The race has statewide implications. Here's why: Trujillo is in an alliance with fellow northern conservative State Rep. Debbie Rodella. Their common enemy is progressive House Speaker Brian Egolf. The Egolf forces are widely believed to be behind the progressive challenge to Trujillo, as well as one against Rodella. If both are ousted Egolf strengthens his hand and the House turns more liberal. If that were to happen the firewall for conservatism would be the State Senate which is dominated by moderates and conservatives.

The reputations of Trujillo and Romero are taking major hits, even though both are described as smart and able. But it's what happens in La Politica these days.


You wouldn't know he is a Republican. That's the takeaway from the first ad from soon-to-be GOP Guv nominee and US Rep. Steve Pearce. In a 30 second spot he put over $100,000 behind Pearce shows the abandoned and decayed Texas home he lived in for his first two years and told viewers it had no plumbing or running water.

He says that's why he can relate to the many impoverished New Mexicans and help them, a statement that is sure to get the Dems in an uproar over the conservative Pearce's record. As this Senior Alligator of the Dem variety says, Pearce is going for a rebranding:

It's a good, solid ad. He's rebranding himself as someone that is compassionate about people's problems in New Mexico. No mention of being conservative or a Republican. While people are being drawn into the primary election he's taking the time to get in front of voters and tell them who he is. It's up to the Democrats to  respond sooner rather than later to remind voters of Pearce's extreme voting record.

The ad may be "solid" but Pearce critic Greg Lennes in Las Cruces says Pearce is stretching in playing the poverty angle:

Pearce was born in 1947. So he had no idea about his father and sharecropping. In 1949, when he was 2, his father was already working in the oilfields and had the money to purchase a farm in 1954 when Pearce was 7. His father, Melvin Pearce, had a good job with the Humble Oil & Refining Company/Exxon as a Technician where he worked from 1951 until his retirement in 1984, plus he owned a farm. It seems Mr. Pearce is inspired by his so-called poverty. However, he has been fueled by corporate money, scorns compromise and leaves New Mexico a "house divided." Now this humble millionaire wants to be our Governor.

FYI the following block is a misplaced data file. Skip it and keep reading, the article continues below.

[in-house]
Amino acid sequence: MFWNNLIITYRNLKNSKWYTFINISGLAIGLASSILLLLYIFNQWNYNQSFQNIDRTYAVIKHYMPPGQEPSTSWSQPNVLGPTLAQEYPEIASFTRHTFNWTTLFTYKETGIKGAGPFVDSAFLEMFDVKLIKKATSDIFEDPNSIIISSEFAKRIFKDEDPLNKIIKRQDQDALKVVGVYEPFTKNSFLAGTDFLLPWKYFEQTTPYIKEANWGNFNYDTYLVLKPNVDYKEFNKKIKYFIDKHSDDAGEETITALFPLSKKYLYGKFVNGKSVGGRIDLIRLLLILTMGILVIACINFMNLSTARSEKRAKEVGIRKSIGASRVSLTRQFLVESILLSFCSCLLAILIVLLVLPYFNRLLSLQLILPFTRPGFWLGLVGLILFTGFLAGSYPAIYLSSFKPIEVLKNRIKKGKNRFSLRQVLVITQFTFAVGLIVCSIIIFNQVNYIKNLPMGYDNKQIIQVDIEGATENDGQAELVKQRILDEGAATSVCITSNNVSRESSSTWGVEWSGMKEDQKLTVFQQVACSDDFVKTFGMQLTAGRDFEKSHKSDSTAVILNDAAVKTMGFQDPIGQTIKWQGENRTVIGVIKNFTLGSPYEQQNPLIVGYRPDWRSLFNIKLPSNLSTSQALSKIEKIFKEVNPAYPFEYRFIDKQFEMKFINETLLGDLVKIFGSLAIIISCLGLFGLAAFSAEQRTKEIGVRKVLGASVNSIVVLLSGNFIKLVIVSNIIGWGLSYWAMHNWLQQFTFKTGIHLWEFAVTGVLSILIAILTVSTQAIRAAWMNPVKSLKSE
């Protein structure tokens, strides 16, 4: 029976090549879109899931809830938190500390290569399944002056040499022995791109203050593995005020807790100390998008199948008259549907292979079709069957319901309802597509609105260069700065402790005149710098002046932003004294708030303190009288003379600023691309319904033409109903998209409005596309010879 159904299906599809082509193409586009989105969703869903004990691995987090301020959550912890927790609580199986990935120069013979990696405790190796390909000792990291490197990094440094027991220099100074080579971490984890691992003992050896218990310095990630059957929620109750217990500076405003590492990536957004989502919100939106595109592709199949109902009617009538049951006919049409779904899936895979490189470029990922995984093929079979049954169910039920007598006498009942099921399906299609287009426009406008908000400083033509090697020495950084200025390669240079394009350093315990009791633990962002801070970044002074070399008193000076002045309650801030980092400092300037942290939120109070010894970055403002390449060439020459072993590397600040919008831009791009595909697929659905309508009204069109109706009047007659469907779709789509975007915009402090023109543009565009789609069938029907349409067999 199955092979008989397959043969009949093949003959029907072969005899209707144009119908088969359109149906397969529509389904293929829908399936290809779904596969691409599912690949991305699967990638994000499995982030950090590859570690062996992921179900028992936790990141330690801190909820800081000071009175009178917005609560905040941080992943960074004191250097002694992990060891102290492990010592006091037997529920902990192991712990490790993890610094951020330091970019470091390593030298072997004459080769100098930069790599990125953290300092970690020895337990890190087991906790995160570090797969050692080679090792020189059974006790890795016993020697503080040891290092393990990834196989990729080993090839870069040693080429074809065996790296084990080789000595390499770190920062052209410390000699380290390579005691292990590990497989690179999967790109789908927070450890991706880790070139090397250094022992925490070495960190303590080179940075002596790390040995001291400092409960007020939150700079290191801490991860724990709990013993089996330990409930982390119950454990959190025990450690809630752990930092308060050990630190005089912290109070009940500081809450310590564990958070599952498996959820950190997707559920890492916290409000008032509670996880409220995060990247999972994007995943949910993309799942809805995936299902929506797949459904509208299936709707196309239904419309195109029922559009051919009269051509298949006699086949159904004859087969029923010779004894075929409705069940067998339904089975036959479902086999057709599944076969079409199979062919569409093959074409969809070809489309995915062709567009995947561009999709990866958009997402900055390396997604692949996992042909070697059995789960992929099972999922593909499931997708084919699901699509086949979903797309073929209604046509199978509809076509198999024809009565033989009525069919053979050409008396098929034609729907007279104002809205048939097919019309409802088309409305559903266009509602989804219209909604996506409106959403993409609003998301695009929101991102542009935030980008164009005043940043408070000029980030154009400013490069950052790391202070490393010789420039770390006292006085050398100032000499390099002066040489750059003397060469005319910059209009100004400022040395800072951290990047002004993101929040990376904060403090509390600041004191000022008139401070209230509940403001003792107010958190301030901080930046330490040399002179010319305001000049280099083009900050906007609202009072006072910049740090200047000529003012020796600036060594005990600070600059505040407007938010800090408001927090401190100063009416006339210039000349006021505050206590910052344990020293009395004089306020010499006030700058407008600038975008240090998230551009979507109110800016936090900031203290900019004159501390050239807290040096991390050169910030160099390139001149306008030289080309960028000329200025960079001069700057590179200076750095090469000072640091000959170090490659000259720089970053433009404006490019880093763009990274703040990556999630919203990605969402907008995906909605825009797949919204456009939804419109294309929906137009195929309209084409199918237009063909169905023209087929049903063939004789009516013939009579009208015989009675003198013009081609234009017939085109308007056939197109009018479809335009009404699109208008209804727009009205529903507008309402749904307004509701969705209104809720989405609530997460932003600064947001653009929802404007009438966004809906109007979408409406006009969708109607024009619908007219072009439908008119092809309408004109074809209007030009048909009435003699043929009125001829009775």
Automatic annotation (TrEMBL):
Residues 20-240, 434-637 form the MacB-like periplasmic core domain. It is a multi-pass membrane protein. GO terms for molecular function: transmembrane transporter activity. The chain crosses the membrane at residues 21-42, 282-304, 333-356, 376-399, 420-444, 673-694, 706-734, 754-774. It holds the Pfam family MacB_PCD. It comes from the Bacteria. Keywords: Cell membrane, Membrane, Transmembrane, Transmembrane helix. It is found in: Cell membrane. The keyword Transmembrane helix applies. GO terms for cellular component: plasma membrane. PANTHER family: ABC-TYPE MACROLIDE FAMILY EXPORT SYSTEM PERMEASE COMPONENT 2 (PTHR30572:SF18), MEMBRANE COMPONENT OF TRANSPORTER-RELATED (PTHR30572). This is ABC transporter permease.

Whether its good rebranding ad or pure poppycock about growing up in poverty, Pearce is getting on the air a month ahead of the June primary, even though he has no opposition. That's a good strategic decision given his  underdog status.


Chief Geier
Mayor Keller's announcement that he is  in the middle of a national search for a permanent police chief and hopes to wrap it up by June led to speculation that Mike Geier, the interim APD chief, will be gone, but that's balderdash.

In fact, its looking more and more like Geier may get the gig permanently. Something similar occurred when Mayor Berry took office in 2010 and launched a national chief search, only to keep on board Chief Ray Schultz. Attorney and former APD cop Tom Grover says:

Geier is positioned on the inside lane and is a knowledgeable and skilled cop. He also has hired a new chief of staff which speaks volumes. I still think Deputy Chief Medina is a problem, though. Hopefully Geier will be endowed with the ability to replace and name his deputy chiefs.

Medina has been targeted by APD reformers who, fairly or not, put much of the blame for the chaos at the department in his lap and those of other commanders who they want gone. They may be disappointed that Geier--who has kept the old crowd around--is in the running and lobbying hard for the chief post. He says:

I didn’t know where it was going to lead but as we’ve gotten more embedded in the job now, definitely I’m interested in staying for the long haul, I just feel that I’ve kind of taken ownership of (the police department.) I feel like this was something that was meant to be.

And that's a wrap for this week. We're starting to get hit by the primary political tsunami but we'll keep riding the wave for you because. . .

This is the home of New Mexico politics.